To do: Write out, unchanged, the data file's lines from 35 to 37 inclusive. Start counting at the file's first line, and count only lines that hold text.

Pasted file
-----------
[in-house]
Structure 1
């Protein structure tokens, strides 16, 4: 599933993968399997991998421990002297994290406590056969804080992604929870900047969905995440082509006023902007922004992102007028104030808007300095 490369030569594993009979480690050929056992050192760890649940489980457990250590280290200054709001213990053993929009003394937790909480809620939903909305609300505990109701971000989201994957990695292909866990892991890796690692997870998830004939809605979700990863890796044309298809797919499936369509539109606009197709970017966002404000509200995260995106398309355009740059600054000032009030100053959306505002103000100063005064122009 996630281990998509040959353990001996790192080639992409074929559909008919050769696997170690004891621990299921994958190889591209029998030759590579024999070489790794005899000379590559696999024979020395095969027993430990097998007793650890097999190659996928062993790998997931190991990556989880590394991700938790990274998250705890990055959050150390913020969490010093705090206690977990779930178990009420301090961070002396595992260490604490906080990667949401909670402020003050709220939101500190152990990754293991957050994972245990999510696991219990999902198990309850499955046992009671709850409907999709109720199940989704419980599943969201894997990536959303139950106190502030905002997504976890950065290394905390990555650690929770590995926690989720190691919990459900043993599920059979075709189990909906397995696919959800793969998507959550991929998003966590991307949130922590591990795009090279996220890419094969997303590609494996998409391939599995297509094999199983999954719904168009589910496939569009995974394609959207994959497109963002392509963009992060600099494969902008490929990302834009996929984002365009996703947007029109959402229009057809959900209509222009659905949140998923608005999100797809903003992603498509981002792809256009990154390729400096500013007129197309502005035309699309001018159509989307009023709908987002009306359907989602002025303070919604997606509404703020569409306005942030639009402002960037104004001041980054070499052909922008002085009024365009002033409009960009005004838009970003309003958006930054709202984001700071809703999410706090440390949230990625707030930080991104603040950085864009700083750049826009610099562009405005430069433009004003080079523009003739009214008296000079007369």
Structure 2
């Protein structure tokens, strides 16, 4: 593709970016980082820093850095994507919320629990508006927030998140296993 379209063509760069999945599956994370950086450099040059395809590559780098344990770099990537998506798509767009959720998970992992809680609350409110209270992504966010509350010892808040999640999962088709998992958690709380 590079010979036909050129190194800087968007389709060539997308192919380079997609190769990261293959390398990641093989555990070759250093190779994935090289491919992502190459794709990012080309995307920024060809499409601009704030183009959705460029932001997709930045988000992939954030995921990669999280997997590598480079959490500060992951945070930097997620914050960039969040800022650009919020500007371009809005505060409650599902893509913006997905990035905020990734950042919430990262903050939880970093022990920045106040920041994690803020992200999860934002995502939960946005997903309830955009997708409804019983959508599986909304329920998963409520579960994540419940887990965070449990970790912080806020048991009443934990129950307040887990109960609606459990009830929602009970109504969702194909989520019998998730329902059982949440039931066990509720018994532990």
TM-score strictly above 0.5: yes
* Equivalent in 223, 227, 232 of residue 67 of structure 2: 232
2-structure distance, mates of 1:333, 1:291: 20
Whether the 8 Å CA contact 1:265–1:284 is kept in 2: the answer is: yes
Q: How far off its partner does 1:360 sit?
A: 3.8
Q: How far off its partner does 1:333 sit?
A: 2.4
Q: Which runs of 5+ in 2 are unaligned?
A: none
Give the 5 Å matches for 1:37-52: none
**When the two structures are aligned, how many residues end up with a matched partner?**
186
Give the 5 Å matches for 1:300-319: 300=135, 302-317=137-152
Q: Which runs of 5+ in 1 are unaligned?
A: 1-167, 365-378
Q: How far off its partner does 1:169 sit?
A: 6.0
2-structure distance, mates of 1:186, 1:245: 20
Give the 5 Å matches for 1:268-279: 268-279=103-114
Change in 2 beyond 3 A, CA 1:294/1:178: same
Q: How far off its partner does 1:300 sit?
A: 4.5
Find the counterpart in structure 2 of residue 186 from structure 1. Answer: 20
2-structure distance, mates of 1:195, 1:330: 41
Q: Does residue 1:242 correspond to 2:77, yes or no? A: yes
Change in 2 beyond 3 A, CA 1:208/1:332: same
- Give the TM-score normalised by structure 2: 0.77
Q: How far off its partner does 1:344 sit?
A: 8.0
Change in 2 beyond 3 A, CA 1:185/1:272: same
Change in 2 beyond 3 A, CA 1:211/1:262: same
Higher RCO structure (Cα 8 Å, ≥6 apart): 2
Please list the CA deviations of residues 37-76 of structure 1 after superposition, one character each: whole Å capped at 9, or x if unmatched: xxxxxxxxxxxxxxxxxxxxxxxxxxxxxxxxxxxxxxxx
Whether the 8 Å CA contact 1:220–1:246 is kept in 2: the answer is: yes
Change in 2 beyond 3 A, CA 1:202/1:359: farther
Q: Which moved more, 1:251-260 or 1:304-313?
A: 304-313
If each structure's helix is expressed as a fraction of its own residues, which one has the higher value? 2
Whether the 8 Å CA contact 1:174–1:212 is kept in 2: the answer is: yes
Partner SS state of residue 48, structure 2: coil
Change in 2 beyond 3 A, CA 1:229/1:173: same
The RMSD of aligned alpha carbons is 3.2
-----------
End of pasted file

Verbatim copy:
A: 8.0
Change in 2 beyond 3 A, CA 1:185/1:272: same
Change in 2 beyond 3 A, CA 1:211/1:262: same